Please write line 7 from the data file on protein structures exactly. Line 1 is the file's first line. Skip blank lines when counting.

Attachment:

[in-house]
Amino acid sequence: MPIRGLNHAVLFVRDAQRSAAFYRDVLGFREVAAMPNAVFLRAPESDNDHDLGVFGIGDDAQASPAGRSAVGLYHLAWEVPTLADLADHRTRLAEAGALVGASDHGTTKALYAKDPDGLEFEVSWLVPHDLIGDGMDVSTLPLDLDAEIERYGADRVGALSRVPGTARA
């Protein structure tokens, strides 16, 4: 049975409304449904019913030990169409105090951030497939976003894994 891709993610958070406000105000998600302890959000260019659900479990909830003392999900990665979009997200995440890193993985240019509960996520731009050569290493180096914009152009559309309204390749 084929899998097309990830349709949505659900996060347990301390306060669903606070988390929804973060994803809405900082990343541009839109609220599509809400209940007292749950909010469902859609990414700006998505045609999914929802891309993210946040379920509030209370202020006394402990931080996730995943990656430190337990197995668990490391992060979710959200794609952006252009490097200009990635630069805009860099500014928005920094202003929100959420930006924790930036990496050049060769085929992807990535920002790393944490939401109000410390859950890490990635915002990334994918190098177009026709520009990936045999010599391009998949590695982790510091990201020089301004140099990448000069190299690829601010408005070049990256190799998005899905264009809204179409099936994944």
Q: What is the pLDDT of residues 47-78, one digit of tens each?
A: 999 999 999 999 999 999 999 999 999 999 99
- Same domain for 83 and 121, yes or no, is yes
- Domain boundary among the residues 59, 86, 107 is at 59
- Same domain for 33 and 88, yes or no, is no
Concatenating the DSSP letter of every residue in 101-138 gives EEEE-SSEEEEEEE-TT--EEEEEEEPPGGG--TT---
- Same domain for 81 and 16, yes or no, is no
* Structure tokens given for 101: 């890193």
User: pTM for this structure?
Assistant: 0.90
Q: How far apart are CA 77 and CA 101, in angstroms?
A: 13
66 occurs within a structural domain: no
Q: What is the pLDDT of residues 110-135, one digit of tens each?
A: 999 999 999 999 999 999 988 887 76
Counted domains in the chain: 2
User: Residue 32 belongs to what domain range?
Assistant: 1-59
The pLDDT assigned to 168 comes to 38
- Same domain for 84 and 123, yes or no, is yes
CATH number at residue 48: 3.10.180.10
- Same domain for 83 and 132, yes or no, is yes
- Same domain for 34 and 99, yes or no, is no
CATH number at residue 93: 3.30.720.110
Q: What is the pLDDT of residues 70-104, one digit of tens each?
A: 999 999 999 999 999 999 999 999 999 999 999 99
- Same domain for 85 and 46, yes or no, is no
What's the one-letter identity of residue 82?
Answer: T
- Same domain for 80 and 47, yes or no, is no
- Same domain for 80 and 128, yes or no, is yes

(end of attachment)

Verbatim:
- Domain boundary among the residues 59, 86, 107 is at 59